It added a baroque new twist to a case that, for many Kremlin critics, human rights advocates, and ordinary people, had already stood out – ever since Politkovskaya was shot dead in her Moscow apartment building at the age of 48 – as a symbol of how Russia has gone wrong under Putin.
Politkovskaya's dogged reporting, which exposed high-level corruption in Moscow and rights abuses in the Chechnya region, among other malfeasance, was a constant reminder of how the promise that came with the collapse of the U.S.S.R. was being washed away by oppression, iniquity, and violence.
Khadzhikurbanov was one of five men who were convicted in June 2014 of involvement in Politkovskaya's killing; accused of helping organize the murder, he was sentenced to 20 years in prison.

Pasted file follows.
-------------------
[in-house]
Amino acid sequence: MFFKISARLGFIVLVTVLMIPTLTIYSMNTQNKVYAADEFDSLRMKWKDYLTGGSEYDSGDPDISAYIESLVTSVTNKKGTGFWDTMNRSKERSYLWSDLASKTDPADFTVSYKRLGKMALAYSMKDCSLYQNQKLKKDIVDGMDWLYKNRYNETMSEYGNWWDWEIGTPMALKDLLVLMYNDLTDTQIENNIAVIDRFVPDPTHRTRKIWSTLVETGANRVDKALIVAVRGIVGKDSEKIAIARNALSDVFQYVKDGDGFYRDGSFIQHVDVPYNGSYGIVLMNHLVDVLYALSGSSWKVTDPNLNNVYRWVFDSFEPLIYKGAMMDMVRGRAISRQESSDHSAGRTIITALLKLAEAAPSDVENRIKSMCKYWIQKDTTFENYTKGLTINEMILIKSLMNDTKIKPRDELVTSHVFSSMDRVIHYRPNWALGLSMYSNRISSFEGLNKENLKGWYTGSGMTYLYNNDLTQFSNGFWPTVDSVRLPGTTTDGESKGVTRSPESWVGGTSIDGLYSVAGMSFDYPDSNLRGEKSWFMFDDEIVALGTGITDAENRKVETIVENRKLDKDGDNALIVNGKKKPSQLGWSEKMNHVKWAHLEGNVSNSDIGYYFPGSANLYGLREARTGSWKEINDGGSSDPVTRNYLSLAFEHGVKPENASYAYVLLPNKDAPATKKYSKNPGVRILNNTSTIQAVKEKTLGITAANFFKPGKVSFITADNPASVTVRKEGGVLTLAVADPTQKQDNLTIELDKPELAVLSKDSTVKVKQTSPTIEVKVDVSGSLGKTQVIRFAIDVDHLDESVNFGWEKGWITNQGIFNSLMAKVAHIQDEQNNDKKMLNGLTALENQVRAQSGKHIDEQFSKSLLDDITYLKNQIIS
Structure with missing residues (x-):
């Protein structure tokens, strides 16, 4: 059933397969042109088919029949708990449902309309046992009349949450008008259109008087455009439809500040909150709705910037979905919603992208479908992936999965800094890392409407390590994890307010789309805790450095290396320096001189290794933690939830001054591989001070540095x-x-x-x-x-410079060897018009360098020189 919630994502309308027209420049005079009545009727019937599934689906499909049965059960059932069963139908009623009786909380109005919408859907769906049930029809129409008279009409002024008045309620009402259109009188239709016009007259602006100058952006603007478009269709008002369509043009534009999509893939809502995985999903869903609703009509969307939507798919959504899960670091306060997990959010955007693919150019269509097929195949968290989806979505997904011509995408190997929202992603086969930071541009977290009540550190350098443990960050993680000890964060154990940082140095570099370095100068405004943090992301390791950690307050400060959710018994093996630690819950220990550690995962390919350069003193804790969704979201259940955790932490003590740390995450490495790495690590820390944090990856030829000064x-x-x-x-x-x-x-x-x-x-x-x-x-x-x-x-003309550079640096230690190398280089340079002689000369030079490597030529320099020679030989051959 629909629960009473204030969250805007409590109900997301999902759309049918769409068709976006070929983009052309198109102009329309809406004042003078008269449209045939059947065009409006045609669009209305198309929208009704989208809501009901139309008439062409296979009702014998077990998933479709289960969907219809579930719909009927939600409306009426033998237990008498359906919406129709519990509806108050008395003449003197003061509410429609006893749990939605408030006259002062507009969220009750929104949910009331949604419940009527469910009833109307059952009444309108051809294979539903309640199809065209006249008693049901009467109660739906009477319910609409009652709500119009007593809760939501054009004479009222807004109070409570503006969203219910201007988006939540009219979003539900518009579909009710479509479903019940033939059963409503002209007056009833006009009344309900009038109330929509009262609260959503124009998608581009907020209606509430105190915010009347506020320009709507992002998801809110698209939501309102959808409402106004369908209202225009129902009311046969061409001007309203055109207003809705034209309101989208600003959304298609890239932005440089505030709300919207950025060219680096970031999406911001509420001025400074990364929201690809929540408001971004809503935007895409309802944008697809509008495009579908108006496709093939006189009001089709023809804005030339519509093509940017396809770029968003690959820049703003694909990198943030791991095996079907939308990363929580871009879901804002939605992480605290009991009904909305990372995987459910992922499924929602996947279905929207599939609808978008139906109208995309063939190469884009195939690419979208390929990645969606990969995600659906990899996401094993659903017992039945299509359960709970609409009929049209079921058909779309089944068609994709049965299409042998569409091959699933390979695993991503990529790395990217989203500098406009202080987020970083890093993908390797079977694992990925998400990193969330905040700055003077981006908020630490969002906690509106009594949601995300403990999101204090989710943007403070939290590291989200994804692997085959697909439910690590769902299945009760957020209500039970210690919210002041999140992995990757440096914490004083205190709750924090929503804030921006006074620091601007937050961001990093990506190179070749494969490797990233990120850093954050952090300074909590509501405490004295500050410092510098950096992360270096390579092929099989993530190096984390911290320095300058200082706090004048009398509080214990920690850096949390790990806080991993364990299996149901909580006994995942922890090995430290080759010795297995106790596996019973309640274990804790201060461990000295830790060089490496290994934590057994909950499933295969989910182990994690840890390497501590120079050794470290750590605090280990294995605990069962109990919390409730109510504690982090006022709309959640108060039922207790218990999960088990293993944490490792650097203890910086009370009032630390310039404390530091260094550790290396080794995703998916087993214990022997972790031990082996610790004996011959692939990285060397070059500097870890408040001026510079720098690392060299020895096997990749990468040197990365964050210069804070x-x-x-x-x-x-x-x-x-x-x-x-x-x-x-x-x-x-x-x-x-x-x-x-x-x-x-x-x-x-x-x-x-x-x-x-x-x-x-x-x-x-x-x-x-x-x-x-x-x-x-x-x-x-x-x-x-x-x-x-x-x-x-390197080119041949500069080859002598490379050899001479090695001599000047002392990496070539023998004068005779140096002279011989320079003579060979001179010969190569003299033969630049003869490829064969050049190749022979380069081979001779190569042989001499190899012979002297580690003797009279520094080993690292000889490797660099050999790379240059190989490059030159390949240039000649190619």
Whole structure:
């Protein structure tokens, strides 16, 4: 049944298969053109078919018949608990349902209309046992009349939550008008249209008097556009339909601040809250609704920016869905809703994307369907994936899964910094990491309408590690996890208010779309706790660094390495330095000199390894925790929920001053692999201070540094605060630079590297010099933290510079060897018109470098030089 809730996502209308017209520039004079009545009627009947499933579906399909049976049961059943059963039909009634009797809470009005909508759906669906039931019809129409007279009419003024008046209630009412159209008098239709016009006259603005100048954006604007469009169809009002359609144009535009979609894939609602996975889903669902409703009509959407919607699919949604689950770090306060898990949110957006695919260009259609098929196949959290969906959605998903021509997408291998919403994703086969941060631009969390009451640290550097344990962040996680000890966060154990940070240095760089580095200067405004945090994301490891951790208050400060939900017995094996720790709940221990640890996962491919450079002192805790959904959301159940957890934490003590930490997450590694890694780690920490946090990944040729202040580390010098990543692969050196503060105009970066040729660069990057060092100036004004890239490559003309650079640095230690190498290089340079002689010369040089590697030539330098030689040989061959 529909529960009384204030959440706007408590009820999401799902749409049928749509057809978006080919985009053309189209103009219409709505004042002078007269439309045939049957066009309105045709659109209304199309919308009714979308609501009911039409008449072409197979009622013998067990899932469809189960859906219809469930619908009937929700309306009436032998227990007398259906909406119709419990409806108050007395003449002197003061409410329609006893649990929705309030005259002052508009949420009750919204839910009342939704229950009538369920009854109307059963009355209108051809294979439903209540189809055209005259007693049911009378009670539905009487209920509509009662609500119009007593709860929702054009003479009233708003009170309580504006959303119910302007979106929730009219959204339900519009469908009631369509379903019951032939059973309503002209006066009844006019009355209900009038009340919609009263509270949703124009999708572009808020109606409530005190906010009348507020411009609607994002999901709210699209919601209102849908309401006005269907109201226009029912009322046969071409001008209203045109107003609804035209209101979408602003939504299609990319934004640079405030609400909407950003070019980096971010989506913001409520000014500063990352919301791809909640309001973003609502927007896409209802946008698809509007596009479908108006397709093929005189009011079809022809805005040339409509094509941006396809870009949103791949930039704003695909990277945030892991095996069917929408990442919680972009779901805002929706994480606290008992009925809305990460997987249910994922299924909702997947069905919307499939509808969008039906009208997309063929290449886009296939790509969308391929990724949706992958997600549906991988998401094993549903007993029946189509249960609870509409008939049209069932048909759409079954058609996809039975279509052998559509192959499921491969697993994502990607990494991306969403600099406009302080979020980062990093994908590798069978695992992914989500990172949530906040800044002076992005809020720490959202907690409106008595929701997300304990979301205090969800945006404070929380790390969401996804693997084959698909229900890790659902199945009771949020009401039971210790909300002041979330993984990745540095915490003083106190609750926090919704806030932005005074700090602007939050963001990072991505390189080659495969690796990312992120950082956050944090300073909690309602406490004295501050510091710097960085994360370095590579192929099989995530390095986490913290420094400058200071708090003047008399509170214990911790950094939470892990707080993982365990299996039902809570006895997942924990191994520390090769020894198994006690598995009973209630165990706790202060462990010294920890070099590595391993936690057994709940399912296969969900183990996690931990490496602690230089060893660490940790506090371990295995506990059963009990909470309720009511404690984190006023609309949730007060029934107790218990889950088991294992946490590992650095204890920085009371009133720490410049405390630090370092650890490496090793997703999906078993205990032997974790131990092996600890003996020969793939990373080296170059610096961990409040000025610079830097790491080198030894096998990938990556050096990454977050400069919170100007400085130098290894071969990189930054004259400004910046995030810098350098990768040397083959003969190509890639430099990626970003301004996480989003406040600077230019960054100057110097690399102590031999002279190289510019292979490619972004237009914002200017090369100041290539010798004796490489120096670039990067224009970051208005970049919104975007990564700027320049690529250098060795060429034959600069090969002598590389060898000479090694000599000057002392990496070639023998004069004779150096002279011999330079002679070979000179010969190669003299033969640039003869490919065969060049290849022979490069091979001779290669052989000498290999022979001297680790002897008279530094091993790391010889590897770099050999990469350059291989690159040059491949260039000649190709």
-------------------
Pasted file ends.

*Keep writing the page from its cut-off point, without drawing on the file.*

The verdicts brought little relief to Politkovskaya's relatives and colleagues, who say that justice will not be done until the person or people who ordered her killing were identified and prosecuted – something that is widely seen as unlikely to happen as long as Putin is in power because of suspicions that a thorough investigation would lead too close to the Kremlin and the Moscow-backed leader of Chechnya, Ramzan Kadyrov.
Turning To Inmates
The new development was made possible, of course, by Russia's war against Ukraine – which started a few months before Khadzhikurbanov was convicted but grew much bigger and deadlier when Putin ordered the full-scale invasion in February 2022. In its hunger for manpower, the Russian state is springing inmates from prison and sending them to the front in exchange for the promise of a pardon if they survive long enough.